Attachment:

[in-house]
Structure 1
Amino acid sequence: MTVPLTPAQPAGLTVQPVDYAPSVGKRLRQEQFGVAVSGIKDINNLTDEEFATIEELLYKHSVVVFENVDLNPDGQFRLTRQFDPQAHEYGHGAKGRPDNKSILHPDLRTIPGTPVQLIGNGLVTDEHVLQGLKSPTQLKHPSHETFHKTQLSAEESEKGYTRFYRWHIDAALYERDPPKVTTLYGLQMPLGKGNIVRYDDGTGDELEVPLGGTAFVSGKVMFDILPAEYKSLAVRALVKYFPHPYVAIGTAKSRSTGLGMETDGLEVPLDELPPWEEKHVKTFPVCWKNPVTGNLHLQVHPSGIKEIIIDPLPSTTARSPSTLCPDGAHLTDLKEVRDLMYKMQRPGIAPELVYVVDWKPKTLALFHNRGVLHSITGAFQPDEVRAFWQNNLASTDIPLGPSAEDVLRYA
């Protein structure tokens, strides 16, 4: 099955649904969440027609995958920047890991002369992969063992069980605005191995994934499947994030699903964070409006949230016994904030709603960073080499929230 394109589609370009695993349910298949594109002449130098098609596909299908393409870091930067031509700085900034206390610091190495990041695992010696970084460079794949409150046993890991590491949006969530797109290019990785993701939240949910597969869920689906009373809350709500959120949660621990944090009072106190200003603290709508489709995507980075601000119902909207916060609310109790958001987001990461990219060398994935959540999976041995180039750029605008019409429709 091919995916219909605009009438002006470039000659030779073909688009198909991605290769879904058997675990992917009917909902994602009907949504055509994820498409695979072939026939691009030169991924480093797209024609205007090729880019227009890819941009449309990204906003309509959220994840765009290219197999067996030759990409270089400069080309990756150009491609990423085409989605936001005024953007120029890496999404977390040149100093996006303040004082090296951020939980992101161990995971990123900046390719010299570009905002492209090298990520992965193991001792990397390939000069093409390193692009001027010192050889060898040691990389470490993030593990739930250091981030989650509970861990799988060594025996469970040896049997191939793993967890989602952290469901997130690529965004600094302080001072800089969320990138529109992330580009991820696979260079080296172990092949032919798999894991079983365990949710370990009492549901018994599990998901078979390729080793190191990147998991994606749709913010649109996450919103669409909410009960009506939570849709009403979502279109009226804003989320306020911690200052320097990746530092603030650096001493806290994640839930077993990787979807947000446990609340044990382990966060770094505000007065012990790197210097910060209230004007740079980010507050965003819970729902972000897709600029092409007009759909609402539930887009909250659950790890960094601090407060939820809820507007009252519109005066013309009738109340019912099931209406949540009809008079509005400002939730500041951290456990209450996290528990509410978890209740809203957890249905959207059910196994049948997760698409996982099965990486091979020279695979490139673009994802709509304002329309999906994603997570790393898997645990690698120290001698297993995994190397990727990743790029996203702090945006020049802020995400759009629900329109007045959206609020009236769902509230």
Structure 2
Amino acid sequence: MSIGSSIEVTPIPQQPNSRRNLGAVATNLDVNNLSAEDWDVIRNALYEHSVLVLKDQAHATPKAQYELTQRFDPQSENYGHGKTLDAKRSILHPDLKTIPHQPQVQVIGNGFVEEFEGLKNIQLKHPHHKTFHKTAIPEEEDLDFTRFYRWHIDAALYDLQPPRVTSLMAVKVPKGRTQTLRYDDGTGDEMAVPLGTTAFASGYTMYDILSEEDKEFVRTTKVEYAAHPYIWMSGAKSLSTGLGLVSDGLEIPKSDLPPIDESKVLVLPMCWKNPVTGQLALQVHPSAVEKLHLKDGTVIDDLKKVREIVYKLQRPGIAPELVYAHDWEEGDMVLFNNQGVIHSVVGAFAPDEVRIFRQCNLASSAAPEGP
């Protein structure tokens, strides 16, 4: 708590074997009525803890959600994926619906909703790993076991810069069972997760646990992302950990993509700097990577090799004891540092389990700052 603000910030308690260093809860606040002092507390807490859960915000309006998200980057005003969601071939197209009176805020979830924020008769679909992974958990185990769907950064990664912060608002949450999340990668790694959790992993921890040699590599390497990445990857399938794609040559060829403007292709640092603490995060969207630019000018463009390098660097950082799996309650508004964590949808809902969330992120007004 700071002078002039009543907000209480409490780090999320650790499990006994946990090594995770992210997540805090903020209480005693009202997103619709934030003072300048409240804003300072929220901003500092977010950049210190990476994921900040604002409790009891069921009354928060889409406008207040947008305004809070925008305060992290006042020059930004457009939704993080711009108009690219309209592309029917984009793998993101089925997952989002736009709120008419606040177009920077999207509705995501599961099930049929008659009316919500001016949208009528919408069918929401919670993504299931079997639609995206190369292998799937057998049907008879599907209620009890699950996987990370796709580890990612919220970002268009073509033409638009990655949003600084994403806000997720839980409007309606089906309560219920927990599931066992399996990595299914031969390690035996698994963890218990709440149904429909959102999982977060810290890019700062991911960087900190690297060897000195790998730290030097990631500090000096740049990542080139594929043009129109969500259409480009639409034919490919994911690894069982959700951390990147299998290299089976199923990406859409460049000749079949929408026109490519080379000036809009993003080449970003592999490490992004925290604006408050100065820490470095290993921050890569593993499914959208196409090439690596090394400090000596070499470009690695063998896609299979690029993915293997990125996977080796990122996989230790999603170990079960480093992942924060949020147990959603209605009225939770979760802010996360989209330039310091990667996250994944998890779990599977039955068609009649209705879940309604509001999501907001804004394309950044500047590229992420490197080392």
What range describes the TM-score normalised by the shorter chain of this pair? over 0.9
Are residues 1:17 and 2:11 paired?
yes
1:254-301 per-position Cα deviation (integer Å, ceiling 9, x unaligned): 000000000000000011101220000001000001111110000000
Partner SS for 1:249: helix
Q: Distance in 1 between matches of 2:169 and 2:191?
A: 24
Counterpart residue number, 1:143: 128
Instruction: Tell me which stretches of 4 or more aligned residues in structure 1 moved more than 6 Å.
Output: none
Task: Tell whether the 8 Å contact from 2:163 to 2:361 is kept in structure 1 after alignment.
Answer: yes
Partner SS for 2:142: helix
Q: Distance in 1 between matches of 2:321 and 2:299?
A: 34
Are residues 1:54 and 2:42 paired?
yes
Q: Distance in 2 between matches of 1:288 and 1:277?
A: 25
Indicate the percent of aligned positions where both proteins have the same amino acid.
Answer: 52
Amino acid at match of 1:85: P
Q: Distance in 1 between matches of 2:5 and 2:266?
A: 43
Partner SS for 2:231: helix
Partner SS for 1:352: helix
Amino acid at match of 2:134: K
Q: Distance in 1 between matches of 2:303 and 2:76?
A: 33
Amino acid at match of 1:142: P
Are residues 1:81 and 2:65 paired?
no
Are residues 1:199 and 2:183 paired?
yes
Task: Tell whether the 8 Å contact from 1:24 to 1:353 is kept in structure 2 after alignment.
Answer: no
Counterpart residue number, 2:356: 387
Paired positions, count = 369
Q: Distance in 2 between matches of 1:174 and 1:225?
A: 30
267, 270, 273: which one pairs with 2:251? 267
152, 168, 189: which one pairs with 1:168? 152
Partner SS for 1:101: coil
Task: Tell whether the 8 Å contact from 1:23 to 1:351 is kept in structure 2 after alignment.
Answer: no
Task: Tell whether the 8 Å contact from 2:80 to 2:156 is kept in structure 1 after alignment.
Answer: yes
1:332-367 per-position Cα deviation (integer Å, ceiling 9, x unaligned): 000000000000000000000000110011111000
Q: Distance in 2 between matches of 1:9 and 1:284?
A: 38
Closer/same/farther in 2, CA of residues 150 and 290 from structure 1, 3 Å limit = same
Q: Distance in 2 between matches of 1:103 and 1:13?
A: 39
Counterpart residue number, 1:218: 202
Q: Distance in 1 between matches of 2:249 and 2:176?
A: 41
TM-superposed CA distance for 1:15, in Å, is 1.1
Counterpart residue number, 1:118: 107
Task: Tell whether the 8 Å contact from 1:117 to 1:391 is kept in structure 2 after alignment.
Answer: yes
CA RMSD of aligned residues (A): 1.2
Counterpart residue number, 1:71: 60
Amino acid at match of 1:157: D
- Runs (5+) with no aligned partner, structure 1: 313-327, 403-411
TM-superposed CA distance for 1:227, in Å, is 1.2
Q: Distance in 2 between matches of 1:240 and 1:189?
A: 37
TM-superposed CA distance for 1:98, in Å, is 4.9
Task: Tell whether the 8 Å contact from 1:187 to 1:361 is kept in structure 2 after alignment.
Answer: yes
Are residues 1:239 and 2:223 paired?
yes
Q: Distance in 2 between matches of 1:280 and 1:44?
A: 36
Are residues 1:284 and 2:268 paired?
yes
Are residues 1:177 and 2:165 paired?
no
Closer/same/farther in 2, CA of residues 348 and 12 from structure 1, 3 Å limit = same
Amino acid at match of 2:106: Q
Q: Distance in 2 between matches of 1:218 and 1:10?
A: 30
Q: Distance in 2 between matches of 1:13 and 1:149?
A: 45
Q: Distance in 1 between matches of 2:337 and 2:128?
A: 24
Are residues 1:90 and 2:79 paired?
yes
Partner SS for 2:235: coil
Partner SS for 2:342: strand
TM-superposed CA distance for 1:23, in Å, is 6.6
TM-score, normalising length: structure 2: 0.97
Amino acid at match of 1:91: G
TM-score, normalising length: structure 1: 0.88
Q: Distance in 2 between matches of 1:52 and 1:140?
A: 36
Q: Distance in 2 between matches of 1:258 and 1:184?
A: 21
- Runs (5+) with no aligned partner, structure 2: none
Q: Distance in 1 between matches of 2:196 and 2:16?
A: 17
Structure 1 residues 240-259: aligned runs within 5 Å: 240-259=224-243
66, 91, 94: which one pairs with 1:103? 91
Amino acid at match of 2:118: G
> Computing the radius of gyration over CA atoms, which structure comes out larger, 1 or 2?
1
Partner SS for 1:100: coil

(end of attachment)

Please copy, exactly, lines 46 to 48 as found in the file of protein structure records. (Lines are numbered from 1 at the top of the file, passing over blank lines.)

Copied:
Q: Distance in 2 between matches of 1:174 and 1:225?
A: 30
267, 270, 273: which one pairs with 2:251? 267